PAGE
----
Right, look Russian is ours. It's like Russian is something Ukrainians own but they don't admit that they own it. And that's a very awkward situation, and it gives Russia huge amounts of power that it should have if Ukrainians would say, okay, Ukrainian is the most important language, it's the main language, we’re going to keep Ukrainizing, our children are going to keep learning Ukrainian in school that's all good, but we also own Russian and we write books in Russian and we can say what we think in Russian I think that's an argument that should be made over and over again. If you want to say what you want to say in Russian, you have to go to Ukraine. You can't do it in Belarus, you can't do it in Kazakhstan, you can't do it in Russia. If you want to say what you want in Russian, you have to go to Brooklyn or you have to go to Israel or you have to go to Ukraine. But Ukraine is the largest country in the world, and probably the largest country in the history of the world now that I think about it, that people can say what they want in Russian. That's not a normal situation. I think Ukrainians would do a lot of good for themselves if they said, you know we own this language belongs to us not only to us, but, it doesn't just belong to our northern neighbor, it belongs to us as well.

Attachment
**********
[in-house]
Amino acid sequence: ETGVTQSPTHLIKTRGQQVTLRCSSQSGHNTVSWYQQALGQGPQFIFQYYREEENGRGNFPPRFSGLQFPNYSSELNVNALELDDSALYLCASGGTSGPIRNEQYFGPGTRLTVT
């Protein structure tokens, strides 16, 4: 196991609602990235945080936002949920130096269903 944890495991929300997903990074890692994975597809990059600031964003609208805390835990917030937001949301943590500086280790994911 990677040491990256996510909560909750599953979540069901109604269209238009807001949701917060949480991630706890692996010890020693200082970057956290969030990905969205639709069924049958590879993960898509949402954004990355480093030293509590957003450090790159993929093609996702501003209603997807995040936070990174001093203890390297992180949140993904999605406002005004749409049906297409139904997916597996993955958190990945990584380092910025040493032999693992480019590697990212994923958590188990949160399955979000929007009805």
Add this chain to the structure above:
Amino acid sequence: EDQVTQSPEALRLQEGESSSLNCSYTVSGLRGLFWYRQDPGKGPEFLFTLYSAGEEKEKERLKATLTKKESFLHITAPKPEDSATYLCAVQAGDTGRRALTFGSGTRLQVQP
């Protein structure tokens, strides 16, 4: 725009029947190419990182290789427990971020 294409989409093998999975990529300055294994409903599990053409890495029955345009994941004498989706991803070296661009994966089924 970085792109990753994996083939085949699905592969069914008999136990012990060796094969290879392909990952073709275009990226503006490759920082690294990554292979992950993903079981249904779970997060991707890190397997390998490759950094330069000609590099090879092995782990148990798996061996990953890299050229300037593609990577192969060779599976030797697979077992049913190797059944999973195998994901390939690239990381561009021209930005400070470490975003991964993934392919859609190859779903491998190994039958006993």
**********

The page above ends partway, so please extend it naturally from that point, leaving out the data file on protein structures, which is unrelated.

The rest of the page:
How would you see the Ukrainization? I know this is a particular idea about the Russian language but now we have a different discussion about what that should be like, quotas, different kinds of support. I won't say that there is one way to do that. Or that there is one civilized way to do that yet still there was a discussion with current president Zelenskyy. I'm not in favor of the quotas. I'm in favor, for instance, of lower taxes on the things created in Ukraine: the book publishers or the filmmakers who do things in Ukraine and Ukrainians would pay less taxes or things like that. Instead of putting this television idea, that we should have 10 percent, not more than 10 percent of the content in Russian. Maybe looking at the other countries, I know you are a historian, but still getting if you're considering these ideas about the language. what is language supporting the 21st century, it's not just about creating books and making it a manual and creating it in school, how do you do it in a globalized world, in the 21st century?